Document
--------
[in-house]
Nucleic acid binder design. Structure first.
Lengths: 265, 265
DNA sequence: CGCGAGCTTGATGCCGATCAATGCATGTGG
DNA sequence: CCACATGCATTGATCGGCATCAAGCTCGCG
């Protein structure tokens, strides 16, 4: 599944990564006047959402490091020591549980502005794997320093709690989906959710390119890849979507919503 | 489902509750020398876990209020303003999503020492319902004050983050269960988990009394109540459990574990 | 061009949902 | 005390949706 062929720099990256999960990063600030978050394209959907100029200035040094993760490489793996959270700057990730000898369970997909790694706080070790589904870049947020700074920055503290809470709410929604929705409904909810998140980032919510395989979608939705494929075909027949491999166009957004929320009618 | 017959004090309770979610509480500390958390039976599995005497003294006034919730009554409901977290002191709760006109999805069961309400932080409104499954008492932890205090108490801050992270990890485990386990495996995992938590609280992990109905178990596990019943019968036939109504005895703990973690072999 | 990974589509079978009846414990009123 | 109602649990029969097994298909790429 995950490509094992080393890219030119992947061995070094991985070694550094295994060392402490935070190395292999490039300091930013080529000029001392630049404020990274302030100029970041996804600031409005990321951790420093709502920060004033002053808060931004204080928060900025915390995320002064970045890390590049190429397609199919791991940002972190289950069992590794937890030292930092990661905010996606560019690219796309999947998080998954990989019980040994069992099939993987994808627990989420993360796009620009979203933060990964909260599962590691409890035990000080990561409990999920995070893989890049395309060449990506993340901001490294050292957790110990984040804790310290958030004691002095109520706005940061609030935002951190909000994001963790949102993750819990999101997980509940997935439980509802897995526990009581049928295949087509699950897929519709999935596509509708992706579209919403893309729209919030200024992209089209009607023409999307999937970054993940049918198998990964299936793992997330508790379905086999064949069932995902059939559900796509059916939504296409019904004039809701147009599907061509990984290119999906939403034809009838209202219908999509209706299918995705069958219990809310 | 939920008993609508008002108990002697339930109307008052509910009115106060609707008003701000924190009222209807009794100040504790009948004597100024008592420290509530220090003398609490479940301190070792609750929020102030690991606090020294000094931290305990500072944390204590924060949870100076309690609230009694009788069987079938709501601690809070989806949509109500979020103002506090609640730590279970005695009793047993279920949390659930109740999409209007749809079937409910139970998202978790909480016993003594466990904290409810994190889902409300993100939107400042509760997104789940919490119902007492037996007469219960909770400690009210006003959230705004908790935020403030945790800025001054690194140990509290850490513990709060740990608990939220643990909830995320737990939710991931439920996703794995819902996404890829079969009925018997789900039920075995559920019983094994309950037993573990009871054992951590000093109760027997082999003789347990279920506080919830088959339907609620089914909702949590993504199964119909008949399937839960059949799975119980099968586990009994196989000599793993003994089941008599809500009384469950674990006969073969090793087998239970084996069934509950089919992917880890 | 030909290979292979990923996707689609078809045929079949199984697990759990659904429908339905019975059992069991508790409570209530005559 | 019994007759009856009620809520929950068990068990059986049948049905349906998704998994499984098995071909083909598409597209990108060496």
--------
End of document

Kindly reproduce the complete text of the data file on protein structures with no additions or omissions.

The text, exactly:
[in-house]
Nucleic acid binder design. Structure first.
Lengths: 265, 265
DNA sequence: CGCGAGCTTGATGCCGATCAATGCATGTGG
DNA sequence: CCACATGCATTGATCGGCATCAAGCTCGCG
């Protein structure tokens, strides 16, 4: 599944990564006047959402490091020591549980502005794997320093709690989906959710390119890849979507919503 | 489902509750020398876990209020303003999503020492319902004050983050269960988990009394109540459990574990 | 061009949902 | 005390949706 062929720099990256999960990063600030978050394209959907100029200035040094993760490489793996959270700057990730000898369970997909790694706080070790589904870049947020700074920055503290809470709410929604929705409904909810998140980032919510395989979608939705494929075909027949491999166009957004929320009618 | 017959004090309770979610509480500390958390039976599995005497003294006034919730009554409901977290002191709760006109999805069961309400932080409104499954008492932890205090108490801050992270990890485990386990495996995992938590609280992990109905178990596990019943019968036939109504005895703990973690072999 | 990974589509079978009846414990009123 | 109602649990029969097994298909790429 995950490509094992080393890219030119992947061995070094991985070694550094295994060392402490935070190395292999490039300091930013080529000029001392630049404020990274302030100029970041996804600031409005990321951790420093709502920060004033002053808060931004204080928060900025915390995320002064970045890390590049190429397609199919791991940002972190289950069992590794937890030292930092990661905010996606560019690219796309999947998080998954990989019980040994069992099939993987994808627990989420993360796009620009979203933060990964909260599962590691409890035990000080990561409990999920995070893989890049395309060449990506993340901001490294050292957790110990984040804790310290958030004691002095109520706005940061609030935002951190909000994001963790949102993750819990999101997980509940997935439980509802897995526990009581049928295949087509699950897929519709999935596509509708992706579209919403893309729209919030200024992209089209009607023409999307999937970054993940049918198998990964299936793992997330508790379905086999064949069932995902059939559900796509059916939504296409019904004039809701147009599907061509990984290119999906939403034809009838209202219908999509209706299918995705069958219990809310 | 939920008993609508008002108990002697339930109307008052509910009115106060609707008003701000924190009222209807009794100040504790009948004597100024008592420290509530220090003398609490479940301190070792609750929020102030690991606090020294000094931290305990500072944390204590924060949870100076309690609230009694009788069987079938709501601690809070989806949509109500979020103002506090609640730590279970005695009793047993279920949390659930109740999409209007749809079937409910139970998202978790909480016993003594466990904290409810994190889902409300993100939107400042509760997104789940919490119902007492037996007469219960909770400690009210006003959230705004908790935020403030945790800025001054690194140990509290850490513990709060740990608990939220643990909830995320737990939710991931439920996703794995819902996404890829079969009925018997789900039920075995559920019983094994309950037993573990009871054992951590000093109760027997082999003789347990279920506080919830088959339907609620089914909702949590993504199964119909008949399937839960059949799975119980099968586990009994196989000599793993003994089941008599809500009384469950674990006969073969090793087998239970084996069934509950089919992917880890 | 030909290979292979990923996707689609078809045929079949199984697990759990659904429908339905019975059992069991508790409570209530005559 | 019994007759009856009620809520929950068990068990059986049948049905349906998704998994499984098995071909083909598409597209990108060496």